July 2013
Volume 13, Issue 9
Free
Vision Sciences Society Annual Meeting Abstract  |   July 2013
What determines the depth of interocular suppression during continuous flash suppression?
Author Affiliations
  • Timothy Ledgeway
    School of Psychology, University of Nottingham
  • Paul McGraw
    School of Psychology, University of Nottingham
  • Ben Thompson
    Department of Optometry and Vision Science, University of Auckland
Journal of Vision July 2013, Vol.13, 541. doi:10.1167/13.9.541
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      Timothy Ledgeway, Paul McGraw, Ben Thompson; What determines the depth of interocular suppression during continuous flash suppression?. Journal of Vision 2013;13(9):541. doi: 10.1167/13.9.541.

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      © ARVO (1962-2015); The Authors (2016-present)

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Abstract

A potent form of interocular suppression, called continuous flash suppression (CFS), occurs when a dynamic, changing pattern (e.g. a series of Mondrians) flashed continuously to one eye renders an image presented to the other eye undetectable throughout the viewing period. Although the spatiotemporal structure of the two stimuli can influence the depth of interocular suppression (Yang & Blake, 2012), the precise nature of the mechanisms that mediate CFS and the conditions under which it occurs have not been well studied. We sought to investigate if CFS depends on the relative contrasts and mean luminances of the suppressing and supressed stimuli. The suppressing stimulus was dynamic (10 Hz) 2D visual noise presented to one eye and the probe stimulus presented to the other eye was a horizontal sinusoidal grating (1.8 c/°) that underwent a smooth temporal contrast increment in either the top or bottom half of the display. Observers (N = 8) judged the probe location and increment thresholds were measured using an adaptive staircase for each of a range of dynamic noise contrasts (0 to 0.8), grating pedestal contrasts (0 to 0.4) and interocular differences in mean luminance (ratio 1 to 0.06). Results showed that the depth of interocular suppression due to CFS increased strongly (by up to a factor of ~ 25) with the contrast of the dynamic noise. The threshold versus noise contrast function was characterised by a straight line on linear-log axes. The slope of this line (an index of suppression gain) differed markedly between observers but was affected little by the pedestal contrast of the grating. Systematically reducing the mean luminance of the dynamic noise relative to the grating progressively reduced the measured suppression. Thus CFS is not an all-or-nothing phenomenon and its potency depends critically both on low-level stimulus properties (e.g. contrast and luminance) and the individual observer.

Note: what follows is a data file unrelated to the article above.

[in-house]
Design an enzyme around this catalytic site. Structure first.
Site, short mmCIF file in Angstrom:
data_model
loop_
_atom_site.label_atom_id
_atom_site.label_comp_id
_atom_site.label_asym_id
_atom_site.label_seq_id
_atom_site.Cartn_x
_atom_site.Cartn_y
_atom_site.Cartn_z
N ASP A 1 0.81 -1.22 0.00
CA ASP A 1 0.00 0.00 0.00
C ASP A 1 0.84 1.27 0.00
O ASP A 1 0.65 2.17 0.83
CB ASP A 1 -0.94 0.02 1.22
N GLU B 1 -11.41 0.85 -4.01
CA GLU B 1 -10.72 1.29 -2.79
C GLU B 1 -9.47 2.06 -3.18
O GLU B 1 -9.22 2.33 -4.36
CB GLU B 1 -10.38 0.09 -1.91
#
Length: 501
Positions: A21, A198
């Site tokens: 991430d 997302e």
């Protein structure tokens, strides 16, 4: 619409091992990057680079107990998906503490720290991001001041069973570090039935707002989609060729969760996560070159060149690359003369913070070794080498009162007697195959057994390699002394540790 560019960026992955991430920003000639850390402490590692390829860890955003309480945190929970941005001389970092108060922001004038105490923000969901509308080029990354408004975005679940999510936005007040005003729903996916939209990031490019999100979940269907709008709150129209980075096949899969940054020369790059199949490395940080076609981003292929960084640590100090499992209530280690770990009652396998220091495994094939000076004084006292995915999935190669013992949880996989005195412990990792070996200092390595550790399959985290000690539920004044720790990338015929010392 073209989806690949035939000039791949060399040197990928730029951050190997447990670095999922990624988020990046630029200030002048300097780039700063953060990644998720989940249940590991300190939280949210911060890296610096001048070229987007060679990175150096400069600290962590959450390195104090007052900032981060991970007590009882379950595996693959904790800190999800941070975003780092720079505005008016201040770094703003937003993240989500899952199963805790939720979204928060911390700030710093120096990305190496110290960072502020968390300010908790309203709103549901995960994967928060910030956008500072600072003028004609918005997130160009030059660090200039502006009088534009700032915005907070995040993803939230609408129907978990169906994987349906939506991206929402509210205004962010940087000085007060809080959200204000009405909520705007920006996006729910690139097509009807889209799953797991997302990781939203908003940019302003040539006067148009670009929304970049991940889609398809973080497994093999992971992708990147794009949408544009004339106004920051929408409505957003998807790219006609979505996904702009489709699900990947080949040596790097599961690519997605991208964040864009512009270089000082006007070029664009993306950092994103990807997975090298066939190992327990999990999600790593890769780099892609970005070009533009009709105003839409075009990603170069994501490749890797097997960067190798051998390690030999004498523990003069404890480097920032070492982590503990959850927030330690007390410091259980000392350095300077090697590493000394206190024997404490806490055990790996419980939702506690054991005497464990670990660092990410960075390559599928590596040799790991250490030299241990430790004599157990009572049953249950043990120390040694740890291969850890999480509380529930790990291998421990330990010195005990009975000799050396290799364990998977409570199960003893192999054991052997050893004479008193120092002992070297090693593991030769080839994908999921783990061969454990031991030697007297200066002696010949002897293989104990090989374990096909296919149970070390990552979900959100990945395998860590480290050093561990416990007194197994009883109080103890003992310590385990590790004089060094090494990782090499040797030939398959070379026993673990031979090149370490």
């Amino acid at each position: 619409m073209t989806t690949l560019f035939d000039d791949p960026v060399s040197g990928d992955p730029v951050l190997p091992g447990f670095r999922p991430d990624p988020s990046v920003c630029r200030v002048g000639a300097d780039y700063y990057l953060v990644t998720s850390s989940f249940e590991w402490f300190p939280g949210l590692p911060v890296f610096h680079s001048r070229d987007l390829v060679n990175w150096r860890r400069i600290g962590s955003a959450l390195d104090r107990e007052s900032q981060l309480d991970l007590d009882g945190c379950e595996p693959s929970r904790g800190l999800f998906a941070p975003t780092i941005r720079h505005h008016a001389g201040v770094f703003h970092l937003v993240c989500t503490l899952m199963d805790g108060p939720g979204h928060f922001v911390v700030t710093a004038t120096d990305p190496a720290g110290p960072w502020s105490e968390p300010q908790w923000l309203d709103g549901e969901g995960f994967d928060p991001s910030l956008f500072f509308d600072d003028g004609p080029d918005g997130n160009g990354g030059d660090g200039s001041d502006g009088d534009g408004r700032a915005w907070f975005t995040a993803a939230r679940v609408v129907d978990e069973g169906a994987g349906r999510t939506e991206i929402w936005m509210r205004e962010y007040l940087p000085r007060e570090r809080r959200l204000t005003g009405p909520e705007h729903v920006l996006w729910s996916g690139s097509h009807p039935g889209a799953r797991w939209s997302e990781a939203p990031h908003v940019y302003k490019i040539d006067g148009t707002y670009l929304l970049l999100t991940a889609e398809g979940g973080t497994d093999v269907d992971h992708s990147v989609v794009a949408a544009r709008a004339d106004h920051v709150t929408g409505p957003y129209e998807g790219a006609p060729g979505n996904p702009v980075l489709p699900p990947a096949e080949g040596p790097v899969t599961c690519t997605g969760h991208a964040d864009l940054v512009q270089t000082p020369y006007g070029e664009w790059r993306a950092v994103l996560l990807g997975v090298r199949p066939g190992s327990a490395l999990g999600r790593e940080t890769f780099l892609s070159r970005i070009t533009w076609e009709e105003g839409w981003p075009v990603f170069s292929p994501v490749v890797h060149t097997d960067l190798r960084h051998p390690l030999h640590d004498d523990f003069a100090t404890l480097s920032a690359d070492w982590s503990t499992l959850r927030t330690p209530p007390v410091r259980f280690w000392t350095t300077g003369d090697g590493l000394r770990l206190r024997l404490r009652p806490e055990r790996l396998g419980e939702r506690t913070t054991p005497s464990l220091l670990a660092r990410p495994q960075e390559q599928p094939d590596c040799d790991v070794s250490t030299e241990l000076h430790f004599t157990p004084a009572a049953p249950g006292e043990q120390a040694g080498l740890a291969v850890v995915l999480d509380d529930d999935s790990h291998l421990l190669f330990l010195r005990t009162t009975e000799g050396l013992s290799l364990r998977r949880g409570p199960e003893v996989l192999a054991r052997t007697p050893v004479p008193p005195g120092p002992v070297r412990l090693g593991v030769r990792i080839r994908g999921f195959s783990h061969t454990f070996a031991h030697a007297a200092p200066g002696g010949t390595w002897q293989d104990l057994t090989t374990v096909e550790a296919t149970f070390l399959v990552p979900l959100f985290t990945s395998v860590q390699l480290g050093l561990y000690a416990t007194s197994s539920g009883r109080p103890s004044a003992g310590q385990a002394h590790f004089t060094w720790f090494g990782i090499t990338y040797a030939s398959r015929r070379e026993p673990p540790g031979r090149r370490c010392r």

Meeting abstract presented at VSS 2013

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